With its stunning blue waters, romantic coves, remote white sand beaches, breathtaking panoramic views and some of the best food on the island the parish of Portland on Jamaica’s east coast is without a doubt one of the most beautiful places in the Caribbean. Portland’s bigger beaches – Frenchman’s Cove, Winnifred Beach and Boston Bay – are well-travelled, stunning locales. But tracking down the off-the-beaten-path beaches, can be gratifying, providing you with serenity and exposure to the authentic Jamaica and its rustic charms.
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A particularly unusual spot, located near Manchioneal and about an hour outside of Buff Bay, named for it’s view of a turtle shell shaped rock that sits just offshore is the visually stunning Turtle Bay. This spot is more famous for its towering rock formations than its sands. Coastal erosion has worked it’s magic to create this idyllic setting and the majestic variegated rocks are quite a wonder to behold. It’s so far off the beaten path you can be sure there’ll be no crowds here, it’s a local secret which can be disclosed only by them. To find it, go a little pass Manchioneal to Hectors River and turn on Long Road, ask for directions from a friendly local there.
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Located no more than a half-an-hour-drive east from Port Antonio, Long Bay Beach stretches several miles along the longest natural white-sand beach on Jamaica. Unlike Negril or Ocho Rios, Long Bay remains untouched by all-inclusive hotels, you will be able to meet real Jamaicans as they live their lives and enjoy the beach in all it’s pearly white sanded, turquoise watered, coconut tree sheltered splendour.This setting is fitting for the adventurous traveler, kite boarding and even surfing is welcome, since the waves can get a little high. Travelers have a wide spectrum of choices when it comes to accommodation as the beach is dotted with Tiki Hut bars, restaurants and cabins.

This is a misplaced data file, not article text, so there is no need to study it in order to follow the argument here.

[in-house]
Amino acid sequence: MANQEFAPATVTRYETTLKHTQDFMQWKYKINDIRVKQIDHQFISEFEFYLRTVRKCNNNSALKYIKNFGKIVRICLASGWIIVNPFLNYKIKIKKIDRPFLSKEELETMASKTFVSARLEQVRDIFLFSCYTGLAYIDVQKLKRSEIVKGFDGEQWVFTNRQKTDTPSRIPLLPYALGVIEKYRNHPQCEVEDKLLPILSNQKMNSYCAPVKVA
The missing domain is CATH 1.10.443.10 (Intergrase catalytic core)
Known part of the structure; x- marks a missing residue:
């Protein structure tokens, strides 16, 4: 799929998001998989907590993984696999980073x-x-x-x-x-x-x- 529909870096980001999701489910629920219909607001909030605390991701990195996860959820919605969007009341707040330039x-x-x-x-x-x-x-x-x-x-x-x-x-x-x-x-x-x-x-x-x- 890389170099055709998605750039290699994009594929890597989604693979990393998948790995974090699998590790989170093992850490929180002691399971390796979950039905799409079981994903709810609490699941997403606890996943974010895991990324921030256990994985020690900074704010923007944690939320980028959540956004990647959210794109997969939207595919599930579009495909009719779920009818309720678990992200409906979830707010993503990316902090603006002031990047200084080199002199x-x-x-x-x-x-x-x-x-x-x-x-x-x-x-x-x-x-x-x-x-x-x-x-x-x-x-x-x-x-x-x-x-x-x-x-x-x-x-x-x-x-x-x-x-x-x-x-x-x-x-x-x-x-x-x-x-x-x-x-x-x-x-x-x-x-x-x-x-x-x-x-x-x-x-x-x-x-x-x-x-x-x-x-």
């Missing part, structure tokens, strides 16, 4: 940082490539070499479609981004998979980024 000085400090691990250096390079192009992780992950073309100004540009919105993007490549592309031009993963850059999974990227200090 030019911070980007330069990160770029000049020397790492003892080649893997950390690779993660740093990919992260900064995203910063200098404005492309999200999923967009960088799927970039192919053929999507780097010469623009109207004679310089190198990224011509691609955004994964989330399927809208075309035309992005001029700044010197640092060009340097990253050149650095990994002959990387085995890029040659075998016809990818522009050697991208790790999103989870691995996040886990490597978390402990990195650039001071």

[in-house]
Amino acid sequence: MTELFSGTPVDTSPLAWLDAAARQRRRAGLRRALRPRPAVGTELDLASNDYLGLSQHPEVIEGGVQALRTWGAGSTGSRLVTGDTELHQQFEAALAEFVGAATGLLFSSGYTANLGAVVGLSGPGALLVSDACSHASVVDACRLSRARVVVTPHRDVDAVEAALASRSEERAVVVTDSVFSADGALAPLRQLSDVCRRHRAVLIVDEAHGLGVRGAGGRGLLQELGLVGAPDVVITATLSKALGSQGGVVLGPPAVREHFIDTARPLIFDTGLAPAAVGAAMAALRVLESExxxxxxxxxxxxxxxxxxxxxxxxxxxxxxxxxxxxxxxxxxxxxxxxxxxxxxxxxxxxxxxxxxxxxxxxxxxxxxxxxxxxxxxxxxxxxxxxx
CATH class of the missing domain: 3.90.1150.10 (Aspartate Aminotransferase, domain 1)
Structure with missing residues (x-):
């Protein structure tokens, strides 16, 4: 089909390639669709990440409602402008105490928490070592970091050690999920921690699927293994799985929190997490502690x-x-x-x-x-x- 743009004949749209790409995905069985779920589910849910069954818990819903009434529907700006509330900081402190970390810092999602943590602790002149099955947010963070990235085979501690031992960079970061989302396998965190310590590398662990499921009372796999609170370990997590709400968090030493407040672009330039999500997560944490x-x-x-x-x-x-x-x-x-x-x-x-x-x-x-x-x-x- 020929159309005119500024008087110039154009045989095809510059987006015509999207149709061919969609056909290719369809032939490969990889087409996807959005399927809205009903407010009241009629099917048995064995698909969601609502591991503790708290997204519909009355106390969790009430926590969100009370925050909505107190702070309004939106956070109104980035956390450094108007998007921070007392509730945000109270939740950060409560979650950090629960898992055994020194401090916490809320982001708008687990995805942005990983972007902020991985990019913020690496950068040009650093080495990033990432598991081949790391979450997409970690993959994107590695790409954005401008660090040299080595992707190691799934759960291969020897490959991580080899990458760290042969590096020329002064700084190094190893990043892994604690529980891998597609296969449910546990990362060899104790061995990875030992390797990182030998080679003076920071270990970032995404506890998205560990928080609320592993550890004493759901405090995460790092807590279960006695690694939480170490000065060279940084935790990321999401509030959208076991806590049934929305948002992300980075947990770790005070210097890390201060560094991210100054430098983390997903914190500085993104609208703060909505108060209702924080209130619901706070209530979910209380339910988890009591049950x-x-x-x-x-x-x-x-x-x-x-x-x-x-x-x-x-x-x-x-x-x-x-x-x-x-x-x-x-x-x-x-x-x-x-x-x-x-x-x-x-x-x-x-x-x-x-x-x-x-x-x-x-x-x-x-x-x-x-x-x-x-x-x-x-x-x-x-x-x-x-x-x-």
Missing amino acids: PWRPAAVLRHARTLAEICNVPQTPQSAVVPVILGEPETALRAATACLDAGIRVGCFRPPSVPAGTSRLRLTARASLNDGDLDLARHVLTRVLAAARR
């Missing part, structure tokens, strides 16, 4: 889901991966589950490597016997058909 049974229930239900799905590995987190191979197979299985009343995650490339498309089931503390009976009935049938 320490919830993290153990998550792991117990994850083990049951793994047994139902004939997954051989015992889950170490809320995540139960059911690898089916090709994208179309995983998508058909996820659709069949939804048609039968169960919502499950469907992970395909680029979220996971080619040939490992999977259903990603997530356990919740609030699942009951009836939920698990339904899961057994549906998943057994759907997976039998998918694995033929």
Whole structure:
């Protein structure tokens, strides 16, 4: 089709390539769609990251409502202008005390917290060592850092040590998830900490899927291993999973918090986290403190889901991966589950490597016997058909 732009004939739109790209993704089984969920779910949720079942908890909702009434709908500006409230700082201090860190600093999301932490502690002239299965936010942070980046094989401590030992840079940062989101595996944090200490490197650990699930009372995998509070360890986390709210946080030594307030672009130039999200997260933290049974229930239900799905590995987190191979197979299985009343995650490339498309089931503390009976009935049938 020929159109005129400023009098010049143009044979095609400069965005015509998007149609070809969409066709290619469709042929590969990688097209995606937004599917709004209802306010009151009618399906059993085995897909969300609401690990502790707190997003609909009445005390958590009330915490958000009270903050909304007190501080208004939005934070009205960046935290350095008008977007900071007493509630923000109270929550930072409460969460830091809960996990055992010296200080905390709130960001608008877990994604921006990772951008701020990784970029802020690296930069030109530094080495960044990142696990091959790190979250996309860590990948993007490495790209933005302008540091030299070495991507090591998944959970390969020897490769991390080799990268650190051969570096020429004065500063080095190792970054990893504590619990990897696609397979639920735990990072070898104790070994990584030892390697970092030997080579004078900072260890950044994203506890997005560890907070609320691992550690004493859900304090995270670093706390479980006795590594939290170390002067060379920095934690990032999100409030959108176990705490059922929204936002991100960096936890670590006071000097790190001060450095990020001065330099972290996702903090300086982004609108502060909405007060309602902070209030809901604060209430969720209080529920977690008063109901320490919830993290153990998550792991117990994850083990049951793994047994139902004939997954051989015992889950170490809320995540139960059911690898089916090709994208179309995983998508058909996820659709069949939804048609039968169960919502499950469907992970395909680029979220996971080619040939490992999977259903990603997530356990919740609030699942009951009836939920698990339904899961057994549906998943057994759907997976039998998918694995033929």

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Complete with local charm, friendly country atmosphere tyre swings for the kids and a bar & restaurant Innis Bay is located on Long Road, near Flat Grass in Portland. Here local fishermen gather to play dominoes and drink a cold beer or two at the end of a long day with the salty sea breeze against their faces. The beach, like many public beaches in Jamaica is admittedly a tad grubby but quite scenic nevertheless.
Shan Shy Beach
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This hidden gem lies to the west of Portland’s capital Port Antonio, just outside of the entrance to the town. It is a popular spot among Port Antonio residents, and is sometimes used for local concerts and other events. The beach rests a few feet below the main road, but is hardly visible from above. Colourful concrete buildings line the back of the beach, including a bar, restaurant, changing area and bathrooms. Outside of the buildings, overgrown train tracks run through a grassy patch bordering the sand.
Beyond the old tracks, a few almond trees watch the white sand wrap around the cove. A fence divides the beach into two areas. The small patch to the west of the fence belongs to fishermen, whose little huts rest on the land while their brightly painted canoes float in the water. On the other side, clean white sand extends toward Port Antonio. The water off the beach is excellent for swimming, with a shallow and clear area that leads to a deep, dark blue bay.
Tags: beaches, best beaches, boston bay, frenchman's cove, hidden beaches, hidden gems, innis bay, Jamaica, long bay, Navy Island, off the beaten path, port antonio, portland, Shan Shy Beach, shanshy beach, the caribbean, travel, turtle bay, winnifred beach